World Bank loan to clean the Ganga

New Delhi : India will sign an agreement with the World Bank for a $801-million loan to fund cleaning up of the Ganga, whose pollution levels have raised concerns among environment activists.

“India and the World Bank will sign an agreement for cleaning the Ganga river,” an environment and forests ministry release said.

The project is estimated to cost Rs.7,000 crore (around $1.6 billion). The central government share in the project will be Rs.5,100 crore (around $1.2 billion) and that of five states of Uttarakhand, Uttar Pradesh, Bihar, Jharkhand and West Bengal – through which the river flows – Rs.1,900 crore ($420 million).

“The World Bank will support the government of India by providing technical assistance and finance. The assistance would be in form of a loan of $801 million from IBRD and a credit of $199 million from International Development Association (IDA).”

The Ganga basin accounts for nearly one-fourth of the country’s landmass and is home to more than 400 million people. The Ganga faces great challenges from expanding population, urbanisation and industrial growth.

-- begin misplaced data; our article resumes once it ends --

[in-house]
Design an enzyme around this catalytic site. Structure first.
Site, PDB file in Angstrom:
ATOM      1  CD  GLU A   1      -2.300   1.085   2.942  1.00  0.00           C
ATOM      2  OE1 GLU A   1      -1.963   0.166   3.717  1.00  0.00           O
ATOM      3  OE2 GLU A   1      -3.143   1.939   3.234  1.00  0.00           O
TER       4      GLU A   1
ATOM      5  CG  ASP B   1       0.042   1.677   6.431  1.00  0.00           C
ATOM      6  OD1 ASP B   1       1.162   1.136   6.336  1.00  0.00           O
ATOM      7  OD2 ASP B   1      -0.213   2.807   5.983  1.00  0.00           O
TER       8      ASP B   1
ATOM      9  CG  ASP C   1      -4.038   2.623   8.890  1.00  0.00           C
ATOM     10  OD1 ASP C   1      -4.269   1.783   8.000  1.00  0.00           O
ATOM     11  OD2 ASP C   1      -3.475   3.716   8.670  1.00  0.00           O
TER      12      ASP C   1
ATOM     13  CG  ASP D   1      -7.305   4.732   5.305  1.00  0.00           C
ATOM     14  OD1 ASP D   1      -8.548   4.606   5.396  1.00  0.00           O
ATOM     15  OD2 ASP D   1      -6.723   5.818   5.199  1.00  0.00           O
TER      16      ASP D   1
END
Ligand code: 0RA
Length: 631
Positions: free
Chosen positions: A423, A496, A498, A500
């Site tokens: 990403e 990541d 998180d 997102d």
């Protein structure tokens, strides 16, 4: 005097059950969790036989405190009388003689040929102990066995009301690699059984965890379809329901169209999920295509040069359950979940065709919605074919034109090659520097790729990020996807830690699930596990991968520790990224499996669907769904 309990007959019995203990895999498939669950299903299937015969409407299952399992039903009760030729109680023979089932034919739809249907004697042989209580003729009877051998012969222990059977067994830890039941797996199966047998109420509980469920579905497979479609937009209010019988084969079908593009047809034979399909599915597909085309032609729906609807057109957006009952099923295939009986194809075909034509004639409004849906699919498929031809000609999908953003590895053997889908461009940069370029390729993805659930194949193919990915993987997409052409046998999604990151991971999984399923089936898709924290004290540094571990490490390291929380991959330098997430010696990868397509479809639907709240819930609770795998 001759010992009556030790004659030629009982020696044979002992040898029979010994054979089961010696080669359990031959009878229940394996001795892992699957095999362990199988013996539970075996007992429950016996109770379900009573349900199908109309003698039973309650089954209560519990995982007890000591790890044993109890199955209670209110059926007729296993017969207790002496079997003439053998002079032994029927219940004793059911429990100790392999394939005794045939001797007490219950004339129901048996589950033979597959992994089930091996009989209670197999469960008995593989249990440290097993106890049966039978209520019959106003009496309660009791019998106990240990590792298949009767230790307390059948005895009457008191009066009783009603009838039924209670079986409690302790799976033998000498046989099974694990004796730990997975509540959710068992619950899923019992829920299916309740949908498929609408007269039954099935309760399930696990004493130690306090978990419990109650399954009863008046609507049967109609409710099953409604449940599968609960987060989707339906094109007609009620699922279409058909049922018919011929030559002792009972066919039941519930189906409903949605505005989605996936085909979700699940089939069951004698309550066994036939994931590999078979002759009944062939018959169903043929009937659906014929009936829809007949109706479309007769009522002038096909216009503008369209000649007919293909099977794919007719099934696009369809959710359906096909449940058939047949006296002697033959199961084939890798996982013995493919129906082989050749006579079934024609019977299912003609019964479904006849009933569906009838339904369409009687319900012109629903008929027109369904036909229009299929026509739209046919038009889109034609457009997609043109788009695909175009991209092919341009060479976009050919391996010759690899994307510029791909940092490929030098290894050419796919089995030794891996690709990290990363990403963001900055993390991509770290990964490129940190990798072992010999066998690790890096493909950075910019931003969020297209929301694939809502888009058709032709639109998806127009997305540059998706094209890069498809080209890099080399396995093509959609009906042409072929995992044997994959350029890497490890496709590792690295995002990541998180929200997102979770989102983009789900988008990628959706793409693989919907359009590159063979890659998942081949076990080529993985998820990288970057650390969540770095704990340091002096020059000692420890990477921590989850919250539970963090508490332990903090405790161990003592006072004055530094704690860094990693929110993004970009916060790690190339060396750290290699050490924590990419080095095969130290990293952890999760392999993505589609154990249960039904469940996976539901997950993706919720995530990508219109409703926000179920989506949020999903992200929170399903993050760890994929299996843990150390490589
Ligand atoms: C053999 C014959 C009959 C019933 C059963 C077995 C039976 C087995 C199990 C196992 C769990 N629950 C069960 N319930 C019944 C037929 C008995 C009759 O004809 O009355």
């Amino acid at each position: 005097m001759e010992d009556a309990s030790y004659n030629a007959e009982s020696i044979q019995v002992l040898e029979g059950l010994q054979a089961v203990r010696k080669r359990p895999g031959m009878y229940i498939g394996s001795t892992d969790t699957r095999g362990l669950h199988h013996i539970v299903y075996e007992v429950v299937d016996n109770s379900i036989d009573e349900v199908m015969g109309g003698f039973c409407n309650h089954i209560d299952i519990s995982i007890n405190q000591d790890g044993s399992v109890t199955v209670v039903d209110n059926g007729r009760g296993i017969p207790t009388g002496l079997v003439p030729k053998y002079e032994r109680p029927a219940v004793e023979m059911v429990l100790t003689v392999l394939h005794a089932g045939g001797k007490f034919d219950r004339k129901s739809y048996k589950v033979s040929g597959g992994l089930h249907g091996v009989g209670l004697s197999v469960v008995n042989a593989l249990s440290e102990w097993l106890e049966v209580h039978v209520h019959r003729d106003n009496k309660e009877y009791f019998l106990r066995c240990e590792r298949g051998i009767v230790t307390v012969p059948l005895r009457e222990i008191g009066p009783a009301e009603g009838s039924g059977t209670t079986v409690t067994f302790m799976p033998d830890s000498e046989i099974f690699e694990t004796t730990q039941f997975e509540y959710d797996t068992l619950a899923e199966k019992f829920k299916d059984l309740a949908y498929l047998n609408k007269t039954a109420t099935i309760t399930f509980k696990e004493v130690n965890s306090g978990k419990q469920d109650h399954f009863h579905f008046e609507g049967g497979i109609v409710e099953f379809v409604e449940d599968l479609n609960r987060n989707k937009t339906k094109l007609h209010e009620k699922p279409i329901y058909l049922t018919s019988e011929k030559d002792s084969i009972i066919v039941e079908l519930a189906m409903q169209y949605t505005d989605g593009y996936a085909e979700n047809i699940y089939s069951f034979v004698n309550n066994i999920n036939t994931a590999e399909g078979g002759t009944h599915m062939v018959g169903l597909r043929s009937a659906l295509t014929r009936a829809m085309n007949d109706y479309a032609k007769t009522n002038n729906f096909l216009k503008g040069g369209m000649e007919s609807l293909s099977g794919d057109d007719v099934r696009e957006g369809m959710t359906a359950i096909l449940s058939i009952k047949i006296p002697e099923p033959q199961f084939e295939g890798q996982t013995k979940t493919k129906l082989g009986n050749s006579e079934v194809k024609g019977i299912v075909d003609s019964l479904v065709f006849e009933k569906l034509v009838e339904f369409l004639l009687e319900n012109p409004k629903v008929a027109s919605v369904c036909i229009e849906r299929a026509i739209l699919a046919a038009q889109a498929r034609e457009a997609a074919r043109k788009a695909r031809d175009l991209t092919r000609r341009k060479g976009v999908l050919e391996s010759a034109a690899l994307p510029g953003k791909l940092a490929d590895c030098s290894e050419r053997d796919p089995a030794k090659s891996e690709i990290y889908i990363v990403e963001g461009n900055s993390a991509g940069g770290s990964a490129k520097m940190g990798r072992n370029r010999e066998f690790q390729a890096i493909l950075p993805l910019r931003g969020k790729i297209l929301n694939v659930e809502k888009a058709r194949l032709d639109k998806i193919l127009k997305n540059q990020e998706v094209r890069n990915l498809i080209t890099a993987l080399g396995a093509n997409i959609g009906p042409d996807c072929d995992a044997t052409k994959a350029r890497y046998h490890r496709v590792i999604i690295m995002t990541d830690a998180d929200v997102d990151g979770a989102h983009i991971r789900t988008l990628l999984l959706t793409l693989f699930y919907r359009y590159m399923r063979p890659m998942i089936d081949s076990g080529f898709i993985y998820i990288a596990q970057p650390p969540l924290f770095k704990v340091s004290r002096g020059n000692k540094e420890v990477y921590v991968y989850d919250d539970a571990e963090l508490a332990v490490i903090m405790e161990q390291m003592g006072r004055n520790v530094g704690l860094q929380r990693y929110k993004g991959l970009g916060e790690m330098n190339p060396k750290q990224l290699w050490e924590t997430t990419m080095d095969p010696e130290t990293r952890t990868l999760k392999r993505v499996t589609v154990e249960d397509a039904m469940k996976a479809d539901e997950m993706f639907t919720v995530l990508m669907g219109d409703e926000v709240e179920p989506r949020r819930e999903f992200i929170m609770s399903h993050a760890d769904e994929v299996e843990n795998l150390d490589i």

“The National Ganga River Basin Project will be implemented with the assistance of the World Bank. The project will focus on building and strengthening the National Ganga River Basin Authority’s (NGRBA) related institutions at the central and state level; establishing a world-class Ganga Knowledge Centre; enhancing river basin management; and financing select priority investments to reduce point-source pollution in a sustainable manner,” the release said.

“A comprehensive approach will be adopted under which industrial pollution, solid waste management, and riverfront management, essential sewage treatment will also be addressed. Dedicated institutional mechanisms will be established in order to plan, prioritize and manage these investments for the long term,” it added. (IANS)